Organisational Change Management Volume 1

Framework 46 Business Model Innovation

{product-noshow 17|name|cart|picture|link|border|menuid:206|pricedis3|pricetax1}

Introduction

"...one secret to maintaining a thriving business is to recognize when it needs fundamental change..."

Mark Johnson et al 2008

The concept behind this framework include

- breakthrough, game-changing products/services rarely emerge from established businesses

- most radical new products/services usually require a new business model

To handle this you need to

i) understand your existing model at a granular level, so that you are in a position to reinvent it

ii) develop a product/service that helps people get the job done

Some examples of these include

- Apple's iPod (its true innovation was to make downloading digital music easy and convenient by combining hardware, software and service, ie low margin iTunes music with high margin iPod)

- Gillette's blades-and-razor (virtually giving away the blades to lock in the purchase of the high margin razor)

- Wal-Mart and Target (retail discounting - they now account for 75% of the total valuation of the retail market)

- Southwest Airlines et al (low-cost airlines that now account for 55% of the market value of all air carriers)

"...11 out of the 27 companies born in the last quarter-century and which grew their way into the Fortune 500 in the past 10 years did so through business model innovation..."

Mark Johnson et al 2008

On the other hand,

"...no more than 10% of innovation investment in global companies is focused on developing new business models..."

Mark Johnson et al 2008

The reasons for the lack of new growth from business model innovation are lack of

- definition (little understanding of the dynamics and processes of business model development)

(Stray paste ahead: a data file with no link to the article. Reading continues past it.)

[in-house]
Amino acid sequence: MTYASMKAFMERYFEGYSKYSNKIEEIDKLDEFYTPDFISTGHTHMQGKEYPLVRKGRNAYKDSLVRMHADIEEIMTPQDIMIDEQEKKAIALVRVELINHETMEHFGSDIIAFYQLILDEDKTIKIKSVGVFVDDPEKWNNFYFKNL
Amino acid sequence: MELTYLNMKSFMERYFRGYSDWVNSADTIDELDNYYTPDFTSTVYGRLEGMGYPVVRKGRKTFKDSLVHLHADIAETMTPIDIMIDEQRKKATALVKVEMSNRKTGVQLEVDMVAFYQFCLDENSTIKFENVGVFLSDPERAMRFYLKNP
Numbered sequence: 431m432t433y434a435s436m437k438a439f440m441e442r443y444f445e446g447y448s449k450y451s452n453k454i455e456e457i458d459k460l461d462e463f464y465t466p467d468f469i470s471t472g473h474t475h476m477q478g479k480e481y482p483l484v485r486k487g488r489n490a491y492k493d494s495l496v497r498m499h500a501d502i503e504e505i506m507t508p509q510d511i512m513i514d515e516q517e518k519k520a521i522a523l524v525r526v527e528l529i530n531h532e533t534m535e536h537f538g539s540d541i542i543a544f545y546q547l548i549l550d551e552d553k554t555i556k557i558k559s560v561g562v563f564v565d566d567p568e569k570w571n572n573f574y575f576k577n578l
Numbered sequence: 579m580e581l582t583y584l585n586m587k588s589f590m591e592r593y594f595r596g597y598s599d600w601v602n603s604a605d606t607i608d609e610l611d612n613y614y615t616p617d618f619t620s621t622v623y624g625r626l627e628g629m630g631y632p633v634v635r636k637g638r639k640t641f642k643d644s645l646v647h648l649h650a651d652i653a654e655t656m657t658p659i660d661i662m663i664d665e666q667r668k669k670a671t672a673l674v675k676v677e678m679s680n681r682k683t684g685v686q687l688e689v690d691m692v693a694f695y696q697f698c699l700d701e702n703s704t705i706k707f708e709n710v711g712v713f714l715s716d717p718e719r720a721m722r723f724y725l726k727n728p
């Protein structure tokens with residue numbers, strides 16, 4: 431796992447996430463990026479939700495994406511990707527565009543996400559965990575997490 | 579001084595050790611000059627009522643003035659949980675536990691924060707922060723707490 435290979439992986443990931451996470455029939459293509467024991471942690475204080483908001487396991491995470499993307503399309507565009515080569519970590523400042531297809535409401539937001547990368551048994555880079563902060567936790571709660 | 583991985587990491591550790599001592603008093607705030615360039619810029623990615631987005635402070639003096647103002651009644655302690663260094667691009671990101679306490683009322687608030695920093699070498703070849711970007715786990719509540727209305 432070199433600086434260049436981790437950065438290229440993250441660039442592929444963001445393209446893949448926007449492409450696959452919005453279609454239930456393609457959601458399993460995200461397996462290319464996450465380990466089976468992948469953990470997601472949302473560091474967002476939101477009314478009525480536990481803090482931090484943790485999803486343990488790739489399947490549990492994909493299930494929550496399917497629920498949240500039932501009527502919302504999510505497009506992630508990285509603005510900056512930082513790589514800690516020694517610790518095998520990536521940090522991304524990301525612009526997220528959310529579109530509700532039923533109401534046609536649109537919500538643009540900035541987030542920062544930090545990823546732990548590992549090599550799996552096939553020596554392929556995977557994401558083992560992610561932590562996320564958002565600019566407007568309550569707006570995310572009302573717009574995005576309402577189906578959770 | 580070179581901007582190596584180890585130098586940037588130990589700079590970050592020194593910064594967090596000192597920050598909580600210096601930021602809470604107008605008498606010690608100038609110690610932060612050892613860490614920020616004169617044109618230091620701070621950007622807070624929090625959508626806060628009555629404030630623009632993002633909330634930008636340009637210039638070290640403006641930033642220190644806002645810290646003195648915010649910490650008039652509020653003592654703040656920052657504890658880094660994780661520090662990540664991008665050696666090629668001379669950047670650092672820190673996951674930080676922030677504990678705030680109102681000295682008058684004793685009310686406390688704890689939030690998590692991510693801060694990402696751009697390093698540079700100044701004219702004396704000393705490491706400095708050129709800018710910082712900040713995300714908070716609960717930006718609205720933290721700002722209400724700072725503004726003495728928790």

- understanding of current business model (the premise behind its development, its natural interdependencies, its strengths and weaknesses, etc.)

As a result, organisations don't know when they can leverage their core businesses and/or when success requires a new business model. Furthermore, at the outset a new business model can often look unattractive to internal and external stakeholders. Three simple steps can help overcome this

i. starting point is looking for opportunities to satisfy customers who need a job done (not thinking about business models)

ii. constructs a blueprint demonstrating how your organisation can fulfill that need and make a profit

iii. compare the new model with your existing model to determine how much you have to change to capture the new opportunity

"...every successful company is already fulfilling a real customer need with an effective business model..."

Mark Johnson et al 2008

Four Interlocking Elements

1. Customer value proposition (most important element)

2. Profit formula (only one piece of a business model)

3. Key resources

4. Key processes

organisational development change management

Notes

i) Rules, norms, metrics, etc can be divided into financial, operational and others

Financial

Operational

Others

Gross margins

Opportunity size

Unit pricing

Unit margin

Time to break-even

Net present value calculations

Fixed cost investments

Credit terms

Budgeting

Planning

Sales

Pricing

End-product quality

Supplier quality

Out-sourced manufacturing

Customer service

Channels

Lead times

Throughput

Performance demands

Product-development lifecycles

Places for individuals' reports and incentives

Brand parameters

Training of staff